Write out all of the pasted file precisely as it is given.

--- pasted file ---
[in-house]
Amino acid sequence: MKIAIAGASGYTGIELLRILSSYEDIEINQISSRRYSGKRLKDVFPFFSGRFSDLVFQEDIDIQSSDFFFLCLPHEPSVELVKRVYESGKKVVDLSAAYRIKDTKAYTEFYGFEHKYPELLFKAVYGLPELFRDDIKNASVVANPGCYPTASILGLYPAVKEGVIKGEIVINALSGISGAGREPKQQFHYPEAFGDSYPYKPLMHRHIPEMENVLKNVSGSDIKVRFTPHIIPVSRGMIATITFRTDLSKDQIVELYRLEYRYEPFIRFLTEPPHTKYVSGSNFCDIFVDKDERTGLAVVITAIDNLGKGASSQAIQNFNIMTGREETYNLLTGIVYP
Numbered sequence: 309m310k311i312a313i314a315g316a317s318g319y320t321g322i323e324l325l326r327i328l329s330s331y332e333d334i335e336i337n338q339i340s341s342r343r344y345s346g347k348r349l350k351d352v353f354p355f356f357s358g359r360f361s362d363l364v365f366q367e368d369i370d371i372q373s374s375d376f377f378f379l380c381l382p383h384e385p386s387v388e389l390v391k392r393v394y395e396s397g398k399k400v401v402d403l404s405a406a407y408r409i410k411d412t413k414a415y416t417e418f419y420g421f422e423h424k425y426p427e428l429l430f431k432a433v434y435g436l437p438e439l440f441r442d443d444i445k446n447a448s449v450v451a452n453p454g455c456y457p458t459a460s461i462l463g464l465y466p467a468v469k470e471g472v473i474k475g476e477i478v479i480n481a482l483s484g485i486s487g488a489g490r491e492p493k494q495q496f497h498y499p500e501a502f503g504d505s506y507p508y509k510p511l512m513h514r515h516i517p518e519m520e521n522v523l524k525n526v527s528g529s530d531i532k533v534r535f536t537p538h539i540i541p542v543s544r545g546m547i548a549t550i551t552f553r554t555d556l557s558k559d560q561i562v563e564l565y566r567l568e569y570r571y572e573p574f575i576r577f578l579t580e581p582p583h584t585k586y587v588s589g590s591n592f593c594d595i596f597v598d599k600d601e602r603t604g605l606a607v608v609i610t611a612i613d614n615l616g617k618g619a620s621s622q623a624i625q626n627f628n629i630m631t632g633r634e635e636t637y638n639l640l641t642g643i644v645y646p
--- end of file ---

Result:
[in-house]
Amino acid sequence: MKIAIAGASGYTGIELLRILSSYEDIEINQISSRRYSGKRLKDVFPFFSGRFSDLVFQEDIDIQSSDFFFLCLPHEPSVELVKRVYESGKKVVDLSAAYRIKDTKAYTEFYGFEHKYPELLFKAVYGLPELFRDDIKNASVVANPGCYPTASILGLYPAVKEGVIKGEIVINALSGISGAGREPKQQFHYPEAFGDSYPYKPLMHRHIPEMENVLKNVSGSDIKVRFTPHIIPVSRGMIATITFRTDLSKDQIVELYRLEYRYEPFIRFLTEPPHTKYVSGSNFCDIFVDKDERTGLAVVITAIDNLGKGASSQAIQNFNIMTGREETYNLLTGIVYP
Numbered sequence: 309m310k311i312a313i314a315g316a317s318g319y320t321g322i323e324l325l326r327i328l329s330s331y332e333d334i335e336i337n338q339i340s341s342r343r344y345s346g347k348r349l350k351d352v353f354p355f356f357s358g359r360f361s362d363l364v365f366q367e368d369i370d371i372q373s374s375d376f377f378f379l380c381l382p383h384e385p386s387v388e389l390v391k392r393v394y395e396s397g398k399k400v401v402d403l404s405a406a407y408r409i410k411d412t413k414a415y416t417e418f419y420g421f422e423h424k425y426p427e428l429l430f431k432a433v434y435g436l437p438e439l440f441r442d443d444i445k446n447a448s449v450v451a452n453p454g455c456y457p458t459a460s461i462l463g464l465y466p467a468v469k470e471g472v473i474k475g476e477i478v479i480n481a482l483s484g485i486s487g488a489g490r491e492p493k494q495q496f497h498y499p500e501a502f503g504d505s506y507p508y509k510p511l512m513h514r515h516i517p518e519m520e521n522v523l524k525n526v527s528g529s530d531i532k533v534r535f536t537p538h539i540i541p542v543s544r545g546m547i548a549t550i551t552f553r554t555d556l557s558k559d560q561i562v563e564l565y566r567l568e569y570r571y572e573p574f575i576r577f578l579t580e581p582p583h584t585k586y587v588s589g590s591n592f593c594d595i596f597v598d599k600d601e602r603t604g605l606a607v608v609i610t611a612i613d614n615l616g617k618g619a620s621s622q623a624i625q626n627f628n629i630m631t632g633r634e635e636t637y638n639l640l641t642g643i644v645y646p